Zoom Through Nearly 14 Billion Years of History Online

Can a new website help us comprehend just how little time has passed since humans appeared on Earth? 

chronozoom.jpg

If there's one thing that's hard to map your mind around, it's the scale of time -- how long the universe has been around and just how short, relatively speaking, are the eras of all life on Earth and, even shorter, human history. A powerful tool for impressing this, for me at least, is the Cosmic Pathway at the American Museum of Natural History in New York. As you walk the long, spiraling ramp, each step takes you past some 75 million years of history (depending on, of course, the length of your stride). Each inch represents 3.6 million years. You walk and walk and walk and all you pass are little displays on the development of the cosmos. Stars are born and die, galaxies appear, but little, very little, seems to happen. You keep walking. It's not until you reach the final third of the walk that you start to see exhibits related to, well, you. Oh, there's our solar system and our planet. Oh, here's where life begins. You walk some more. Then, less than two feet from the walkway's end: dinosaurs. And at the very end, underneath some display casing: a human hair, whose width represents all of recorded human history.

Your world is rocked.

It's so thin! The rise and fall of great societies, the migrations of humans all over the Earth, the progress of science -- all of it in the width of that hair.

Now a new website hopes to deliver that same experience virtually. ChronoZoom, a collaboration among the University of California at Berkeley, Moscow State University, and Microsoft Research, is an infinitely expandable timeline of "big history" -- a field of history not focused on, say, the Renaissance or the 20th century, but of the entire universe, all 13.7 billion years of it. On ChronoZoom, you can navigate from era to era, and zoom far into the details of particular periods, where you'll find little curated "exhibits" about the major events of that time.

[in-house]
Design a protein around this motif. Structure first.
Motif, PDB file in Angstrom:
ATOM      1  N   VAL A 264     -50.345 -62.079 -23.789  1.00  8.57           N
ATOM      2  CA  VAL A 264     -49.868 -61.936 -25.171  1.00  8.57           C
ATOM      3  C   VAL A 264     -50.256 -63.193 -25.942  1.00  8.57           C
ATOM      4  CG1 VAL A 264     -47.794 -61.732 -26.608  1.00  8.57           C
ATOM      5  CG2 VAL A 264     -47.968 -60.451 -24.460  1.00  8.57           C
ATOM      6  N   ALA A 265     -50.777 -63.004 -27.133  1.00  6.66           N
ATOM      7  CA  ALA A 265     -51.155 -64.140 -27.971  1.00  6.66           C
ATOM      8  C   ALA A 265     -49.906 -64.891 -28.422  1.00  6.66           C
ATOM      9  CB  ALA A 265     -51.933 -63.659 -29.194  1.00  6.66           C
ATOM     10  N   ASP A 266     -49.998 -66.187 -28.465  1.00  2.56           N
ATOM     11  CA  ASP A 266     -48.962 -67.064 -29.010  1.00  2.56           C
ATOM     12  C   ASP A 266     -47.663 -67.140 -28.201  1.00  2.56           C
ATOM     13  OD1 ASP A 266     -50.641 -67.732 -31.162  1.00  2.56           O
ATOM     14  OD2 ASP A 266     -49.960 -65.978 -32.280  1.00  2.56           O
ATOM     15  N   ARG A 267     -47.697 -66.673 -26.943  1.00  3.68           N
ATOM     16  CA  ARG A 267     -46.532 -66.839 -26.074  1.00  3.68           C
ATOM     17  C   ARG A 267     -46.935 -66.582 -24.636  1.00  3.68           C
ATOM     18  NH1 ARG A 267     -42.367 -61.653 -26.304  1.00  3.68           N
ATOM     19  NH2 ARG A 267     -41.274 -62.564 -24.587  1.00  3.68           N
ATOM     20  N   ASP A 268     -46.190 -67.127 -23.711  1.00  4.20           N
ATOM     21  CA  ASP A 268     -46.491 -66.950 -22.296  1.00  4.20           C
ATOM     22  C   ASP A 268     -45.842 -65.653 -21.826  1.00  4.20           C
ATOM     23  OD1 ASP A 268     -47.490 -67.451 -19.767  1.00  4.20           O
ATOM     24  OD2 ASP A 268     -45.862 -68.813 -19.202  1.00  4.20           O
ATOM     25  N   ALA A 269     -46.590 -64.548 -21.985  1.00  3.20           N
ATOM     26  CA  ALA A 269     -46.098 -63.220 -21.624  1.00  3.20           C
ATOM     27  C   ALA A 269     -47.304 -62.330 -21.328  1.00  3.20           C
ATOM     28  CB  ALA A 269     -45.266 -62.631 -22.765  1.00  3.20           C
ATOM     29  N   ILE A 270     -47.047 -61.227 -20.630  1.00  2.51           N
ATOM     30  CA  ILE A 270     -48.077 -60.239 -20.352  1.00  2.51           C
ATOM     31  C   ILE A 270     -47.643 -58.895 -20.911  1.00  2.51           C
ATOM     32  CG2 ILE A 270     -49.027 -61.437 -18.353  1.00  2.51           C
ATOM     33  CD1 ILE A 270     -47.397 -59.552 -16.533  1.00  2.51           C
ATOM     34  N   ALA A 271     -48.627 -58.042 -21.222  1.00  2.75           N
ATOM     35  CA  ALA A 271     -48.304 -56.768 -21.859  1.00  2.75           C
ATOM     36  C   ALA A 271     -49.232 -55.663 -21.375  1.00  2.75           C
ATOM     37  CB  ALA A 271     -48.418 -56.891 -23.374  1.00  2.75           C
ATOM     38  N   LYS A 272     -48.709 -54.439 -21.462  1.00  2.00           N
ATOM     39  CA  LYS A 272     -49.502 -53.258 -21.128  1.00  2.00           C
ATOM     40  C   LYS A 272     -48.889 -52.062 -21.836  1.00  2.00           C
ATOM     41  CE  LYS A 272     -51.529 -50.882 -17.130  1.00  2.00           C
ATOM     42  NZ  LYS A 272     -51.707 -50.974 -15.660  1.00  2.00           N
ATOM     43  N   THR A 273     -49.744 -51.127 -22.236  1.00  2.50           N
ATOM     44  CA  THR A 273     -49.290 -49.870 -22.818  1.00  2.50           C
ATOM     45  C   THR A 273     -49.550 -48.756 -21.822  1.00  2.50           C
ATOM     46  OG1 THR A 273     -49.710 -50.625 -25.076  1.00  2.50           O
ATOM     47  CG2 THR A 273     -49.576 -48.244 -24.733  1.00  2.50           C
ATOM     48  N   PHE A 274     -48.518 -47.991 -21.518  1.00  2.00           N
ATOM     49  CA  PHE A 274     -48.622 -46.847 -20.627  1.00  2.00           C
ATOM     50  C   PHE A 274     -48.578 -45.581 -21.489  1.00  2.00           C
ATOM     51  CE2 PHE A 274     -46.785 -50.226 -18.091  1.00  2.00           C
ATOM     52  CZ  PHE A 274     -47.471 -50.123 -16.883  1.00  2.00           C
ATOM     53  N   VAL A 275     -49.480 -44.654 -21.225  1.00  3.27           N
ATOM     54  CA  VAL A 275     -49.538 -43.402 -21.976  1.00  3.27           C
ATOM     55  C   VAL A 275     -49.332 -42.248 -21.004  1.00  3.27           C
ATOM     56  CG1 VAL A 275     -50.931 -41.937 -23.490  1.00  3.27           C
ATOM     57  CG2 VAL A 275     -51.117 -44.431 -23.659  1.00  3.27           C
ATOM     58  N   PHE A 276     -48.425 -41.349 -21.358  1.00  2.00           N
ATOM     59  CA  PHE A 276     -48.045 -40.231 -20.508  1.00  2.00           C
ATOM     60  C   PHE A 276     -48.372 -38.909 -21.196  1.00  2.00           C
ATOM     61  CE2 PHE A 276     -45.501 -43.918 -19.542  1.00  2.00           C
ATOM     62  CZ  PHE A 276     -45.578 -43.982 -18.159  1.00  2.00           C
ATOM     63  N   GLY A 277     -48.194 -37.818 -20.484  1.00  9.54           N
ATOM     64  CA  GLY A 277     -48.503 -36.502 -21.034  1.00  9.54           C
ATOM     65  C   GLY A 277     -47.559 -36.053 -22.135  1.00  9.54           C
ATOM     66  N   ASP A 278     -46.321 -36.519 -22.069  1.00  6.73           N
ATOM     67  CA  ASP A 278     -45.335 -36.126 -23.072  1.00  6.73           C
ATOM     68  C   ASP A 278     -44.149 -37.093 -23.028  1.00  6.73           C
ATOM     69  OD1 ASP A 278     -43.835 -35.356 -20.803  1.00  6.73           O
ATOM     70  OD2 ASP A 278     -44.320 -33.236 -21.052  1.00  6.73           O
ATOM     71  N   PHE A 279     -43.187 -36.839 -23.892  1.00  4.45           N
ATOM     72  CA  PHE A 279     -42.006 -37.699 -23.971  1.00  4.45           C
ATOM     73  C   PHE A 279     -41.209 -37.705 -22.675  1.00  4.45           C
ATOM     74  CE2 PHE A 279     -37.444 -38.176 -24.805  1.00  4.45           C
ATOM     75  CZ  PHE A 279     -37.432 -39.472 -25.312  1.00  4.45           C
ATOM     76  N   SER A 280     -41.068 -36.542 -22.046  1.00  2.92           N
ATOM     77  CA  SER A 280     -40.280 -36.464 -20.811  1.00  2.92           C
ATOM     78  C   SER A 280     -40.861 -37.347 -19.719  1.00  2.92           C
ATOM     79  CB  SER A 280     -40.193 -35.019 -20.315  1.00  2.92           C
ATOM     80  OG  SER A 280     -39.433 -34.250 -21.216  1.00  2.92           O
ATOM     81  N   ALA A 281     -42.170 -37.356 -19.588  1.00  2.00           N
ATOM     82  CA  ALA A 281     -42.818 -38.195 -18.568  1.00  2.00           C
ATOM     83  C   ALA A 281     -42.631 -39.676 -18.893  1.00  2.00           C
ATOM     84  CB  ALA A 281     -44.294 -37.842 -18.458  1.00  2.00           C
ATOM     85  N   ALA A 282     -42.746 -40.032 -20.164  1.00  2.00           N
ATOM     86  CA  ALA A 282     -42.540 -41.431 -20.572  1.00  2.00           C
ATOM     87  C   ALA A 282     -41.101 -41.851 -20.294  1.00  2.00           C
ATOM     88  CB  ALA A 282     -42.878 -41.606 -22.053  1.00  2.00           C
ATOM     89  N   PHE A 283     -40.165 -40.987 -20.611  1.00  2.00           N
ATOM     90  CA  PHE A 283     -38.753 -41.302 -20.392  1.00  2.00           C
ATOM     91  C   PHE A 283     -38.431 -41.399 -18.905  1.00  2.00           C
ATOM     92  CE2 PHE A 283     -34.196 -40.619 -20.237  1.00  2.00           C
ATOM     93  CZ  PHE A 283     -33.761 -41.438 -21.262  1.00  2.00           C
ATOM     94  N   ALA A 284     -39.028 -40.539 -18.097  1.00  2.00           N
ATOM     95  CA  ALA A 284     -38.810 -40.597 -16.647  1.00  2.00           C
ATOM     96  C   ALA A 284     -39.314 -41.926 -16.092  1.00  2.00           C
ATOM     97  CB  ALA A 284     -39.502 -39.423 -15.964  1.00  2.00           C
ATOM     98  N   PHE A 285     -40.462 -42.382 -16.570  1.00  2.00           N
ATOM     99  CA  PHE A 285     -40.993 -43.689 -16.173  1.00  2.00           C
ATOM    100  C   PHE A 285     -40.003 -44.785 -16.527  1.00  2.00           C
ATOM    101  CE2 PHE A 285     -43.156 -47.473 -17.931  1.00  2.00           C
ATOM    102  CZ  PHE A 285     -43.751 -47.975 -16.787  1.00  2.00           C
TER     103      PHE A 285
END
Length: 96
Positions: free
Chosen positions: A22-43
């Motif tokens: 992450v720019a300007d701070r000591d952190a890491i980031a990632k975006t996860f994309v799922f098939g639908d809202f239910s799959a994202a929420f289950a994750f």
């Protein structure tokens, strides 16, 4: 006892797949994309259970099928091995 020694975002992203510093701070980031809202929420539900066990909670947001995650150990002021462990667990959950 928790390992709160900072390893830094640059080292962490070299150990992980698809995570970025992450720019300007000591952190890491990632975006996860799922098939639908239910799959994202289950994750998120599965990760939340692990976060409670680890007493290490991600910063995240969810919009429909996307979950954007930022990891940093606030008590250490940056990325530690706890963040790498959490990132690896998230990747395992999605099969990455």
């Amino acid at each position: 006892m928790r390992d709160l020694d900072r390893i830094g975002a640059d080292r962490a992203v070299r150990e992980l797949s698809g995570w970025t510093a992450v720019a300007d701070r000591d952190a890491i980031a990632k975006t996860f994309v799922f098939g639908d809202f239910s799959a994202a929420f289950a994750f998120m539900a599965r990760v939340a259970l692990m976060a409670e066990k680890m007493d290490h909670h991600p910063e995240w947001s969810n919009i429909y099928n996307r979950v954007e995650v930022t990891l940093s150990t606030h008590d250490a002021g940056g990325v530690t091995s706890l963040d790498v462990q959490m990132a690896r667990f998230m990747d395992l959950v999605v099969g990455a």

The site grew out of a class project by Roland Saekow when he was a senior enrolled in Berkeley's Big History course taught by legendary geologist Walter Alvarez. (Each week of the course covers approximately one billion years of history.) ChronoZoom is essentially a framework on which you can hang all information -- whether the development of agriculture to a biography of da Vinci -- in chronological order. They released the beta version last week and over time plan to add tools that will allow for other people to submit timelines and exhibits, including, eventually, a way for people to include timelines of anything the want, for periods of time as short as a day. When you look at the site now, you get a sense of the vastness of the time it covers. But the flexibility and infinite zoomability of the HTML5 design mean that eventually it could contain timelines for any story on Earth (or anywhere else, for that matter). 

Saekow and Rane Johnson, of the project's lead developers at Microsoft Research, told me that they hope that by putting all of history into one timeline, the site will help researchers find links between trends they hadn't previously seen -- like, for example, relationships that could emerge between changes in climate and developments in life on this planet. But before that can happen, the timeline needs to be outfitted with a bit more history -- all of it, actually.




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Rebecca J. Rosen is a senior editor at The Atlantic, where she oversees the Business Channel. She was previously an associate editor at The Wilson Quarterly.

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